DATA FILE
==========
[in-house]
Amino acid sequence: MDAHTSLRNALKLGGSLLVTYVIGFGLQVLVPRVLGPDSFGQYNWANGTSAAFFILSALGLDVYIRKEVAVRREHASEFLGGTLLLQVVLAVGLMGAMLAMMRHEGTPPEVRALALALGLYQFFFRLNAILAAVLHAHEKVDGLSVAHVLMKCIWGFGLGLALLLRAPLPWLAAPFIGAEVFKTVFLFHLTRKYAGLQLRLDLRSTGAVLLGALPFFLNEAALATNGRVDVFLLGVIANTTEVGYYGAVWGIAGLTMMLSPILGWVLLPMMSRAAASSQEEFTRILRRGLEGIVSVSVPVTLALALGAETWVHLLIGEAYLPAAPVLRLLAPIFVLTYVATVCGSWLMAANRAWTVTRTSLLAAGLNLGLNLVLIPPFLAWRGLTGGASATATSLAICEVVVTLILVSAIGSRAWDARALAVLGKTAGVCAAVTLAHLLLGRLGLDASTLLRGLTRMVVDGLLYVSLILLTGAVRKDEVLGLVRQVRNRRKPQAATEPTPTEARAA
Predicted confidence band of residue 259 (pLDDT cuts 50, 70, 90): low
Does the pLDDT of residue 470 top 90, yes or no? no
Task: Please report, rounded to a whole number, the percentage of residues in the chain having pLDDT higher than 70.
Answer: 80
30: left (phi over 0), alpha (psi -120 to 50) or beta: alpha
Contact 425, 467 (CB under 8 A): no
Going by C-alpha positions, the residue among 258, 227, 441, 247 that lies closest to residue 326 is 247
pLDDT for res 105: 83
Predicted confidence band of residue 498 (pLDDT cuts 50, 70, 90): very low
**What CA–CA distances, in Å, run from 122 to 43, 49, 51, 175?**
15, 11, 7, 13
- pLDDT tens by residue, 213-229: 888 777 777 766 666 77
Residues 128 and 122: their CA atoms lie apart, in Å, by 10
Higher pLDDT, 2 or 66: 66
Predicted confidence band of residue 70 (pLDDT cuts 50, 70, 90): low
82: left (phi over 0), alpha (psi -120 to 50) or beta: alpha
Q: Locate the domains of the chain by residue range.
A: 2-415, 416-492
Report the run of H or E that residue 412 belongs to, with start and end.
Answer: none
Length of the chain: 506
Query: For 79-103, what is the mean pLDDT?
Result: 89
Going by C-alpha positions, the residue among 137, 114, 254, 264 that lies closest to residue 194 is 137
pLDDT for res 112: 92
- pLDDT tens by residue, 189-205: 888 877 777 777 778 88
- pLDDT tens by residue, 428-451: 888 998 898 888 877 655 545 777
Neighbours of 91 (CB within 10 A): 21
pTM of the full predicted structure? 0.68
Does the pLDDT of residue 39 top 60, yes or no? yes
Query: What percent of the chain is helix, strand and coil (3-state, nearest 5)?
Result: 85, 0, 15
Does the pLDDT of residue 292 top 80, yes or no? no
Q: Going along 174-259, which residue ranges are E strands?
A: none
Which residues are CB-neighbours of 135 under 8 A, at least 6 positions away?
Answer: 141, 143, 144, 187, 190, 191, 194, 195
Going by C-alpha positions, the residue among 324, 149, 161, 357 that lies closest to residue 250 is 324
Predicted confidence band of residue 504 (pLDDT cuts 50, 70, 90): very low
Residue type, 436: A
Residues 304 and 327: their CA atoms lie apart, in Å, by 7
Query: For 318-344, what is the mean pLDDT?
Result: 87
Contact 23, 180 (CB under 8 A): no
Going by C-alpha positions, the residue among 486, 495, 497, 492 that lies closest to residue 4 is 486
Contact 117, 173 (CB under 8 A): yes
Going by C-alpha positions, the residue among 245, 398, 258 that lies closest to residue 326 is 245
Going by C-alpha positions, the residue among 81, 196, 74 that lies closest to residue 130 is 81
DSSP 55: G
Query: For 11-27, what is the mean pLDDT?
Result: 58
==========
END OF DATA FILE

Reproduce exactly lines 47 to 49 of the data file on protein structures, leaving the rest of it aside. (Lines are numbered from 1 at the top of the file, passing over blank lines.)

Going by C-alpha positions, the residue among 486, 495, 497, 492 that lies closest to residue 4 is 486
Contact 117, 173 (CB under 8 A): yes
Going by C-alpha positions, the residue among 245, 398, 258 that lies closest to residue 326 is 245